Many people mistakenly believe that the first inhabitants of America were primitive or unable to develop noteworthy technology and culture. In reality, Native Americans had a hand in some of the greatest innovations of their time, and some of their inventions are still used today! Below are 10 mind-blowing Native American innovations.
- Snow Goggles
The Inuit tribes of Alaska were the first people to use snow goggles. These were a traditional form of eyewear that was used in the Arctic to prevent snow blindness. As the sun bounces off of the snow, the light can make it very difficult to see and cause temporary eye damage. To prevent this, Inuit tribes crafted goggles from bone, ivory, or wood. The material was then pierced with slits to allow the wearer to see.
Lacrosse’s origins can be traced to a tribal game that was played by eastern Woodlands Native Americans and some Plains groups. The game was modified by Europeans much later. Members of the Onondaga, Eastern Cherokee, Mohawk, Ojibwe, and Choctaw tribes all have been recorded as having played the game.
- Trade Networks
When people think of Native Americans, they immediately conjure the thought of self-sufficient peoples who had little to no connection to other tribes. This simply wasn’t true. The Hopewell culture (900-100 B.C.), which primarily flourished in Ohio and eastern North America, developed extensive trade networks. At the Hopewell mounds, anthropologists have found shells from the Gulf Coast, copper from the upper midwest United States, mica from the Appalachian Mountains, and obsidian from the Rocky Mountains. In some cases, these artifacts have traveled from thousands of miles away.
- Blue Corn
Blue corn is a unique variety of corn that looks and tastes different from regular yellow or white corn. The Hopi tribe developed this plant, and now it still remains an essential part of Hopi diet. It has a sweeter flavor than regular corn and has become a staple of modern New Mexican cuisine.
Prior to modern ovens, Native Americans still had ingenious ways to cook their food. Archaeologists have discovered the use of “pit-hearths” in central Texas and on the Atlantic seaboard. Native Americans dug a pit in the ground and cooked their food in a very specific way. While rocks were sometimes used, tribes that lacked large quantities of rocks made their own heat stones using water and dirt. These stones were heated and placed at the bottom of the pit. The food was wrapped in vegetation and then placed on top of the stones. Clay was then patted on top of the food and left to cook for a couple of hours or more.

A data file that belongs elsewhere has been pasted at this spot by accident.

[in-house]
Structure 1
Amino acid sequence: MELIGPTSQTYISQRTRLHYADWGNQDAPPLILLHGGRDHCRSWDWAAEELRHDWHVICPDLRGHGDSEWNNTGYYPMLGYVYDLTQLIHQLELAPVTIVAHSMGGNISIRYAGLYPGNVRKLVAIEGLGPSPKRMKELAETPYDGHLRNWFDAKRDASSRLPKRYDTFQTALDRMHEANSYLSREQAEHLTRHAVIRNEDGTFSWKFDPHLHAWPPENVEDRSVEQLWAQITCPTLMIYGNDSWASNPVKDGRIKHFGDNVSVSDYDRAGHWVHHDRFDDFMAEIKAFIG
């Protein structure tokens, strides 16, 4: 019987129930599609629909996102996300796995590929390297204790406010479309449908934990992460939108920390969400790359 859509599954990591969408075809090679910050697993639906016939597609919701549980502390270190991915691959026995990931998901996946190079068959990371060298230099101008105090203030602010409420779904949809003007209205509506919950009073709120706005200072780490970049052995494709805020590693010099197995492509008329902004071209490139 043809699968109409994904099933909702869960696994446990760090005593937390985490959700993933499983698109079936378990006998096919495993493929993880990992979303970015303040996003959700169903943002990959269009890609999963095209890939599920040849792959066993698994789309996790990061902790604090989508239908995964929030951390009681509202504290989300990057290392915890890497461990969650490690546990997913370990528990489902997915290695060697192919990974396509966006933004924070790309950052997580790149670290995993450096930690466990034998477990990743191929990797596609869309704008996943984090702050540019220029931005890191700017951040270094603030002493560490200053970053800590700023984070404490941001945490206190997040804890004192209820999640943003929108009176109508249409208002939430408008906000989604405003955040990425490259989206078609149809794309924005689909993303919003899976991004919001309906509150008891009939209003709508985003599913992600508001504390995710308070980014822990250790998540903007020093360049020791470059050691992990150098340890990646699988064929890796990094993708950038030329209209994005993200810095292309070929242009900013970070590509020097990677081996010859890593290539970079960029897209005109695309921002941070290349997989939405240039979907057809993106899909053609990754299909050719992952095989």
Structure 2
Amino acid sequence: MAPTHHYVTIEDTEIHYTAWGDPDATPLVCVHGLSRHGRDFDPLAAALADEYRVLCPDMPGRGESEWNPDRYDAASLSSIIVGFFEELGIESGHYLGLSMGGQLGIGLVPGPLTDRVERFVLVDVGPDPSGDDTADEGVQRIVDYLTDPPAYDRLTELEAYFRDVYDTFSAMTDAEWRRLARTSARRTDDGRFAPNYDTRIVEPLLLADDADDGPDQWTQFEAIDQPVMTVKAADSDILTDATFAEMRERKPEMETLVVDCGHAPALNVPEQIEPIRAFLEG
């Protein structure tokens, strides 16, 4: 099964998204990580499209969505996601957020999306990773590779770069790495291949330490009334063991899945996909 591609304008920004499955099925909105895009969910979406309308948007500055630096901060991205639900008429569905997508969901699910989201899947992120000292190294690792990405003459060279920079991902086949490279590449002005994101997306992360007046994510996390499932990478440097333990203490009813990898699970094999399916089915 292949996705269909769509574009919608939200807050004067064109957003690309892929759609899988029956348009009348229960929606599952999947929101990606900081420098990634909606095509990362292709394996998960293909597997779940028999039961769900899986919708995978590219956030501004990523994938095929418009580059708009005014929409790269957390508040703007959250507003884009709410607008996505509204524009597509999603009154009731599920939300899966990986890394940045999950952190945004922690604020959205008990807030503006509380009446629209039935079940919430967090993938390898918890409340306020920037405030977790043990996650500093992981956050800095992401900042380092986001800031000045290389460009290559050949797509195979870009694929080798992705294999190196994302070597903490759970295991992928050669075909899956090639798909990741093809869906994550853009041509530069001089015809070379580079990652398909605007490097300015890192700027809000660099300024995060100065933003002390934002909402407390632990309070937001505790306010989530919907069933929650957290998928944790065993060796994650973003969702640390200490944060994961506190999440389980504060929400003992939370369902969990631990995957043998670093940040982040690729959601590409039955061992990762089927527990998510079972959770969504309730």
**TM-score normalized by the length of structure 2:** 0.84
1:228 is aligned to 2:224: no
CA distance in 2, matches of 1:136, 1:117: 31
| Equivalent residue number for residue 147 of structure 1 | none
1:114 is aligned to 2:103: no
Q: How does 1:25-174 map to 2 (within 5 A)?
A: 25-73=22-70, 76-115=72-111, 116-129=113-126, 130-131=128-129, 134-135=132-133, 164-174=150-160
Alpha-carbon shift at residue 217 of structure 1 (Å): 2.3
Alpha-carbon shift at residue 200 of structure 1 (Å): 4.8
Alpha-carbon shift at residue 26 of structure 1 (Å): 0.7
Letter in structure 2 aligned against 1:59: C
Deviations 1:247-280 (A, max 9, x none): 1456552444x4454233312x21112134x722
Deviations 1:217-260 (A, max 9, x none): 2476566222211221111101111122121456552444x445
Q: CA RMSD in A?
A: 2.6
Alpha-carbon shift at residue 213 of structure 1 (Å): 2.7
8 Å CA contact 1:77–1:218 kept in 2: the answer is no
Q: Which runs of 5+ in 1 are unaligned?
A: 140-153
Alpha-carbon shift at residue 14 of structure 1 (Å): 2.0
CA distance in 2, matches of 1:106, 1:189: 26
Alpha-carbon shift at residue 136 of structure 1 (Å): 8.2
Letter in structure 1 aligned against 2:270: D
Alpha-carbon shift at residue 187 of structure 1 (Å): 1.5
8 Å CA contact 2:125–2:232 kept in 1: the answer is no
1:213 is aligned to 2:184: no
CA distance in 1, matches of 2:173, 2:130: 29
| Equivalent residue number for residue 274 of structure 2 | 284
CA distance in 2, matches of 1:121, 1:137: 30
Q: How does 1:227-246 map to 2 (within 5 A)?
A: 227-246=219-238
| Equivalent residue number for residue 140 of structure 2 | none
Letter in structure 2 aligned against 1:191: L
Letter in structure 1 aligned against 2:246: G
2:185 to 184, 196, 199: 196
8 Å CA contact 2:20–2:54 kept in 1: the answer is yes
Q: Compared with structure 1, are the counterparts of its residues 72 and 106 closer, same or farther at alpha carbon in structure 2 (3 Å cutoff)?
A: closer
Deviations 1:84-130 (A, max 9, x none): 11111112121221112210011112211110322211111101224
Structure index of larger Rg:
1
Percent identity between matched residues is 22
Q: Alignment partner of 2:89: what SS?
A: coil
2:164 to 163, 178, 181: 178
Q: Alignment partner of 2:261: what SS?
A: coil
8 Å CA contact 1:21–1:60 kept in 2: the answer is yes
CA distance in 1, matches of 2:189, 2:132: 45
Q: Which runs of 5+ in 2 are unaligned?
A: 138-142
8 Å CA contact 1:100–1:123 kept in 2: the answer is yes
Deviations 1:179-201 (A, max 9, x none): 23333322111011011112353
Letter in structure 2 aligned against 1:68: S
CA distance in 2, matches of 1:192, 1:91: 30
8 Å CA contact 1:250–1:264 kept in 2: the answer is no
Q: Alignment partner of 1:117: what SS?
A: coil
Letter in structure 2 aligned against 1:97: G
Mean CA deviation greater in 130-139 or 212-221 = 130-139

- Agricultural Companion Planting
Once Native American groups transitioned into sedentary lifestyles, farming became necessary. This is when a companion planting technique known as "three sisters farming" was developed. The "three sisters" technique involves growing squash, maize, and beans in the same area to increase production. When planted together, corn provides a structure for the bean vines to climb, beans enrich the soil with nitrogen, and squash chokes out weeds around the plants. Some southwestern tribes such as the Tewa added a fourth plant to the mix,a Rocky Mountain bee plant. This helps pollinate the bees and squash.
Atlatls were basically the AK-47 of prehistoric times. The atlatl is essentially a hinged tool that attaches to the blunt end of a spear, offering more leverage and greater velocity than if the spear alone was used. It is a long-range weapon that can reach speeds of more than 93 miles per hour. Later, weights called bannerstones were attached to the atlatls to provide an even stronger velocity. Historically, it could take down any large animal.
- Star Maps
Native Americans have consistently shown amazing knowledge about cosmology. Originally found wrapped around a meteorite, the Pawnee Star Map is one of the most accurate portrayals of the universe ever discovered. It’s so accurate scientists have determined that the map represents a single night on Aug. 25, 690 A.D. somewhere between midnight and dawn. The map itself is around 300 years old and is something that was passed through the generations. It features Corona Borealis, the Milky Way, and several constellations that still can be seen today.
Native Americans are some of the first landscapers, and their impressive work can still be seen today. In southeastern United States was a culture known as the "mound builders," ancestors to many tribes that are still around today. Monks Mound, occupied around 900 B.C. in what is now Illinois, is an astounding 100 feet high, 955 feet long, and 775 feet wide. At the base, it is larger than the Great Pyramid of Giza. It’s estimated that the mound took more than 43 million baskets of dirt to create.
- Precision Tools
Spearheads, arrowheads, cutting tools – none of these invaluable Native American innovations would be possible without knapping. Knapping is the process of breaking off chunks of malleable stone using a tougher stone. Obsidian is a popular material that is knapped because it is more precise than any modern surgical tool today. Some doctors have even requested to perform surgeries using knapped obsidian! Today, many Native Americans practice this as a traditional art form, and there are few experts still alive today.